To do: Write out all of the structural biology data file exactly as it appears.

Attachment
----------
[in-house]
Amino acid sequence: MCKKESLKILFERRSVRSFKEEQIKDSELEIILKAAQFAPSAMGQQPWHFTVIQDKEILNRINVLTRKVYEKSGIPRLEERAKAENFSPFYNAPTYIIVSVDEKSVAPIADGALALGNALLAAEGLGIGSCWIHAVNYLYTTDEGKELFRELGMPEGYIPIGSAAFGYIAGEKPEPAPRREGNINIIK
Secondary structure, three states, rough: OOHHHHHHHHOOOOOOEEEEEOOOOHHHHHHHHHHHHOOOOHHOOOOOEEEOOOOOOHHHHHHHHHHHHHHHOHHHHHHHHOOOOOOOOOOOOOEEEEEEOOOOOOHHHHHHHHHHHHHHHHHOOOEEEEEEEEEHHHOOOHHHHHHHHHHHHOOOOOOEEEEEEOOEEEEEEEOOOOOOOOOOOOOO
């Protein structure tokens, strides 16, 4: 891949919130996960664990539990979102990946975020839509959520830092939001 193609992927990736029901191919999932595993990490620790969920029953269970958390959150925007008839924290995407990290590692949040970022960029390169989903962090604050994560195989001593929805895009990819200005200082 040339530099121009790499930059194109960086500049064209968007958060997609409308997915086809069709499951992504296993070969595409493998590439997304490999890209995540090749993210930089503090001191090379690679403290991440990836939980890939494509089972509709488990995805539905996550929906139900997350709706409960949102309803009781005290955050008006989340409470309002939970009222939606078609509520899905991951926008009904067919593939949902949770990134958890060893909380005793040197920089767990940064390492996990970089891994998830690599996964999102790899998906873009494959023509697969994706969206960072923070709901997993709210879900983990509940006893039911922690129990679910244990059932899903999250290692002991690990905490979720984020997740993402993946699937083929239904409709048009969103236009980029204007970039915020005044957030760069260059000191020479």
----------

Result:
[in-house]
Amino acid sequence: MCKKESLKILFERRSVRSFKEEQIKDSELEIILKAAQFAPSAMGQQPWHFTVIQDKEILNRINVLTRKVYEKSGIPRLEERAKAENFSPFYNAPTYIIVSVDEKSVAPIADGALALGNALLAAEGLGIGSCWIHAVNYLYTTDEGKELFRELGMPEGYIPIGSAAFGYIAGEKPEPAPRREGNINIIK
Secondary structure, three states, rough: OOHHHHHHHHOOOOOOEEEEEOOOOHHHHHHHHHHHHOOOOHHOOOOOEEEOOOOOOHHHHHHHHHHHHHHHOHHHHHHHHOOOOOOOOOOOOOEEEEEEOOOOOOHHHHHHHHHHHHHHHHHOOOEEEEEEEEEHHHOOOHHHHHHHHHHHHOOOOOOEEEEEEOOEEEEEEEOOOOOOOOOOOOOO
């Protein structure tokens, strides 16, 4: 891949919130996960664990539990979102990946975020839509959520830092939001 193609992927990736029901191919999932595993990490620790969920029953269970958390959150925007008839924290995407990290590692949040970022960029390169989903962090604050994560195989001593929805895009990819200005200082 040339530099121009790499930059194109960086500049064209968007958060997609409308997915086809069709499951992504296993070969595409493998590439997304490999890209995540090749993210930089503090001191090379690679403290991440990836939980890939494509089972509709488990995805539905996550929906139900997350709706409960949102309803009781005290955050008006989340409470309002939970009222939606078609509520899905991951926008009904067919593939949902949770990134958890060893909380005793040197920089767990940064390492996990970089891994998830690599996964999102790899998906873009494959023509697969994706969206960072923070709901997993709210879900983990509940006893039911922690129990679910244990059932899903999250290692002991690990905490979720984020997740993402993946699937083929239904409709048009969103236009980029204007970039915020005044957030760069260059000191020479």